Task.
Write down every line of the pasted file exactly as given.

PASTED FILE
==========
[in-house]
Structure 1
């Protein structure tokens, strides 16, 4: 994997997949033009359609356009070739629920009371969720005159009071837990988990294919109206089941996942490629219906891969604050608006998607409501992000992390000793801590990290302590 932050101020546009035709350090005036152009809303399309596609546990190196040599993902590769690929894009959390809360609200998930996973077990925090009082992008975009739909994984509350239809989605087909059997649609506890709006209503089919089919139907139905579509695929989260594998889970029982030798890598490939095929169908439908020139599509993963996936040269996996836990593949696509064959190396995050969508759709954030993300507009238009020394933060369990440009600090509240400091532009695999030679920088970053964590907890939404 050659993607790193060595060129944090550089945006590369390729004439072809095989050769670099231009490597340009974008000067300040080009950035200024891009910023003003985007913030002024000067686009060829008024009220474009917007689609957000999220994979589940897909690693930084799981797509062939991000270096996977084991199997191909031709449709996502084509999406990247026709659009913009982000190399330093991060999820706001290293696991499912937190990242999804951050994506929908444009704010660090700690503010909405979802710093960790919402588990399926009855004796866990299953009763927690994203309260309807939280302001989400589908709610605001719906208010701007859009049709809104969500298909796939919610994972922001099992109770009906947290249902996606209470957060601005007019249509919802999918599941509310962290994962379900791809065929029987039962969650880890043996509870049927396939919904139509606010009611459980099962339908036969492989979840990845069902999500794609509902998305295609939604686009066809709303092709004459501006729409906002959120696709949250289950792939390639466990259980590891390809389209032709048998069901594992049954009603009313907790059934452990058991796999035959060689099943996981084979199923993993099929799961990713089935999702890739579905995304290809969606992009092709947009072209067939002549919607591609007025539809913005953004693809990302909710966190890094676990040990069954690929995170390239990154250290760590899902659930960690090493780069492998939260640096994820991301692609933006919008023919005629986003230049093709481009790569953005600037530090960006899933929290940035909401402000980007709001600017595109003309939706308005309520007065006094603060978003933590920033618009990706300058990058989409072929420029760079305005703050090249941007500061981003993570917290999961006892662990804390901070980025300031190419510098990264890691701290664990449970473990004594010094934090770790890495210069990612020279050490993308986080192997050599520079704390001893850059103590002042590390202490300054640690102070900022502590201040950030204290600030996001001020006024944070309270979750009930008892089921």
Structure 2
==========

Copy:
[in-house]
Structure 1
């Protein structure tokens, strides 16, 4: 994997997949033009359609356009070739629920009371969720005159009071837990988990294919109206089941996942490629219906891969604050608006998607409501992000992390000793801590990290302590 932050101020546009035709350090005036152009809303399309596609546990190196040599993902590769690929894009959390809360609200998930996973077990925090009082992008975009739909994984509350239809989605087909059997649609506890709006209503089919089919139907139905579509695929989260594998889970029982030798890598490939095929169908439908020139599509993963996936040269996996836990593949696509064959190396995050969508759709954030993300507009238009020394933060369990440009600090509240400091532009695999030679920088970053964590907890939404 050659993607790193060595060129944090550089945006590369390729004439072809095989050769670099231009490597340009974008000067300040080009950035200024891009910023003003985007913030002024000067686009060829008024009220474009917007689609957000999220994979589940897909690693930084799981797509062939991000270096996977084991199997191909031709449709996502084509999406990247026709659009913009982000190399330093991060999820706001290293696991499912937190990242999804951050994506929908444009704010660090700690503010909405979802710093960790919402588990399926009855004796866990299953009763927690994203309260309807939280302001989400589908709610605001719906208010701007859009049709809104969500298909796939919610994972922001099992109770009906947290249902996606209470957060601005007019249509919802999918599941509310962290994962379900791809065929029987039962969650880890043996509870049927396939919904139509606010009611459980099962339908036969492989979840990845069902999500794609509902998305295609939604686009066809709303092709004459501006729409906002959120696709949250289950792939390639466990259980590891390809389209032709048998069901594992049954009603009313907790059934452990058991796999035959060689099943996981084979199923993993099929799961990713089935999702890739579905995304290809969606992009092709947009072209067939002549919607591609007025539809913005953004693809990302909710966190890094676990040990069954690929995170390239990154250290760590899902659930960690090493780069492998939260640096994820991301692609933006919008023919005629986003230049093709481009790569953005600037530090960006899933929290940035909401402000980007709001600017595109003309939706308005309520007065006094603060978003933590920033618009990706300058990058989409072929420029760079305005703050090249941007500061981003993570917290999961006892662990804390901070980025300031190419510098990264890691701290664990449970473990004594010094934090770790890495210069990612020279050490993308986080192997050599520079704390001893850059103590002042590390202490300054640690102070900022502590201040950030204290600030996001001020006024944070309270979750009930008892089921």
Structure 2